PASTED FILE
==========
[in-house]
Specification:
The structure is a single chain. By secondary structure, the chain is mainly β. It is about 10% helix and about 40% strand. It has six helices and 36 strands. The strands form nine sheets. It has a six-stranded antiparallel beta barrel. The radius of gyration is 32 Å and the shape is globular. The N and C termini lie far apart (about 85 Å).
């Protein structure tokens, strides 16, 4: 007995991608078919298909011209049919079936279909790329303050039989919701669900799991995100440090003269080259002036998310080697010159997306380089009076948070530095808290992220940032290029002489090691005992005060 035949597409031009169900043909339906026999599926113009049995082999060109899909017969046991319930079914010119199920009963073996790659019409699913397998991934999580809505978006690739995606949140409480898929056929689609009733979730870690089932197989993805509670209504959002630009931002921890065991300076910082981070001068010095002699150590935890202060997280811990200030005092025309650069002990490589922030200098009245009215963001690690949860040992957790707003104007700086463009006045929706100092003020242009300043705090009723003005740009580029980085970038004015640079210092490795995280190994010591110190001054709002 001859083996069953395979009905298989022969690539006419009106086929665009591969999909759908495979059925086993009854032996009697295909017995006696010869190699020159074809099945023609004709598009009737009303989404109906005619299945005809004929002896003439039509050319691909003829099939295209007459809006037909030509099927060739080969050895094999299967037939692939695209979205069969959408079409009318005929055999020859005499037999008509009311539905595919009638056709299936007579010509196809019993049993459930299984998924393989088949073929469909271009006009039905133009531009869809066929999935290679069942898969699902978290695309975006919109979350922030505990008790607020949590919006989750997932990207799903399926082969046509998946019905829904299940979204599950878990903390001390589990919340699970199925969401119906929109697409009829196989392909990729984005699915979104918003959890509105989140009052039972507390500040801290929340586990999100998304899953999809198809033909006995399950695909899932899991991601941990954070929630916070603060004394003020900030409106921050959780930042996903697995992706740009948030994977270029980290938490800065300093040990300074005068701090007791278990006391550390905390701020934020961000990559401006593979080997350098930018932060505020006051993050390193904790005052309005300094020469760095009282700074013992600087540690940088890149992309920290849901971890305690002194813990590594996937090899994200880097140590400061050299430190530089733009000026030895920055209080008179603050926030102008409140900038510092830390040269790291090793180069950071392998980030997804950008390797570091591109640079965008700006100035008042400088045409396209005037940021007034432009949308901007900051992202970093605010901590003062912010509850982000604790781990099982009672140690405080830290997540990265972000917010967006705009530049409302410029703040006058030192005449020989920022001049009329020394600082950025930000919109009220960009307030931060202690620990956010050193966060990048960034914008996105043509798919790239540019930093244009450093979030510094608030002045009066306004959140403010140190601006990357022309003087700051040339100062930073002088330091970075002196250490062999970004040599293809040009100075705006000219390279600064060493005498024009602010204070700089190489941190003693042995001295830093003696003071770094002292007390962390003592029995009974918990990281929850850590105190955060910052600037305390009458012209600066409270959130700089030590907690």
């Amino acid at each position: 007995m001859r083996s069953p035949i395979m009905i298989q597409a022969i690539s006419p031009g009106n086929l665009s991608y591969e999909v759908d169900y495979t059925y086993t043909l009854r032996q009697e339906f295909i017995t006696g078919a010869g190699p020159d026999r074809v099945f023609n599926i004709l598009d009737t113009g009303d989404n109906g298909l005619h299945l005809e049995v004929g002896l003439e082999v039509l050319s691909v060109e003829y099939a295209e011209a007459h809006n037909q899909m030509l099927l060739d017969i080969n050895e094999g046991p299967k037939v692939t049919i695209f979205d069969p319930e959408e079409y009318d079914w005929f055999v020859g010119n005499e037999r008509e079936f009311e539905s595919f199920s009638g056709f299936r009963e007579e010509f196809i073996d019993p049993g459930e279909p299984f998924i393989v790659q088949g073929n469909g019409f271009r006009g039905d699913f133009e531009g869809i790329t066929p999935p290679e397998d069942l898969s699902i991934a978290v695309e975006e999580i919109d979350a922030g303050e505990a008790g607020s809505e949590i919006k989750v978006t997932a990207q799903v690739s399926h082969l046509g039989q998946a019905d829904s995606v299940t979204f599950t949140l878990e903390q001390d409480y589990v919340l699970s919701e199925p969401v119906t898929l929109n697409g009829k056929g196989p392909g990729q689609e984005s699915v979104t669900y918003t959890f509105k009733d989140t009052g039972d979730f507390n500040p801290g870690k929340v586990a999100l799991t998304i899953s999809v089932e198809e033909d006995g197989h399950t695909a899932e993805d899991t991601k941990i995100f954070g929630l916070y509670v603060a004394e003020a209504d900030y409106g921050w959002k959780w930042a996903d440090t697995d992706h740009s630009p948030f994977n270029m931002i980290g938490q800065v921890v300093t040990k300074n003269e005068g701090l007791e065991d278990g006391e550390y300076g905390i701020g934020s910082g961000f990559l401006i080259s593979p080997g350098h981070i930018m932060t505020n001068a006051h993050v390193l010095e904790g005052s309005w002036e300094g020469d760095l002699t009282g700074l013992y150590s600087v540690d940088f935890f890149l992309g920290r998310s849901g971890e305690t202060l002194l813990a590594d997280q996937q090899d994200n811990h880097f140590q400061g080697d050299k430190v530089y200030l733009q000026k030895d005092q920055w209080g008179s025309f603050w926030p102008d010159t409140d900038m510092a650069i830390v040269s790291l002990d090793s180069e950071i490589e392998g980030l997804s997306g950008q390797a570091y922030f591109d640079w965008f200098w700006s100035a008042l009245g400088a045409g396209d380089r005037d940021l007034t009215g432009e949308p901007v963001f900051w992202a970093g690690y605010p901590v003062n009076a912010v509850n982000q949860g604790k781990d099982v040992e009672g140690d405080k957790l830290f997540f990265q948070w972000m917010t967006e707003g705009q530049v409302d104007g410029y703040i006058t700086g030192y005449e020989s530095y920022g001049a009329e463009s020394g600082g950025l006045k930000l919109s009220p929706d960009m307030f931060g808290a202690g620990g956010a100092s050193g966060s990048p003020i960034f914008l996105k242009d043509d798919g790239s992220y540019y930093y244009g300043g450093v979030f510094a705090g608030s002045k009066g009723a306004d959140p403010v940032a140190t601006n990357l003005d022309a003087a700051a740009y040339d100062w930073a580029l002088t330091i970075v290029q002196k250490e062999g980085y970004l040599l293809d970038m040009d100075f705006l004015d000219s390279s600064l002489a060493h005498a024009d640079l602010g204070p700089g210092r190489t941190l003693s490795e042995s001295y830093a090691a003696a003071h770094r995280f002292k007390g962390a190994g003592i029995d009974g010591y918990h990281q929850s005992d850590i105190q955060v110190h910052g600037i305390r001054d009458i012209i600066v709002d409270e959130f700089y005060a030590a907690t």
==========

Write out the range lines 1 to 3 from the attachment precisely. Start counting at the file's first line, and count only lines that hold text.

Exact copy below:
[in-house]
Specification:
The structure is a single chain. By secondary structure, the chain is mainly β. It is about 10% helix and about 40% strand. It has six helices and 36 strands. The strands form nine sheets. It has a six-stranded antiparallel beta barrel. The radius of gyration is 32 Å and the shape is globular. The N and C termini lie far apart (about 85 Å).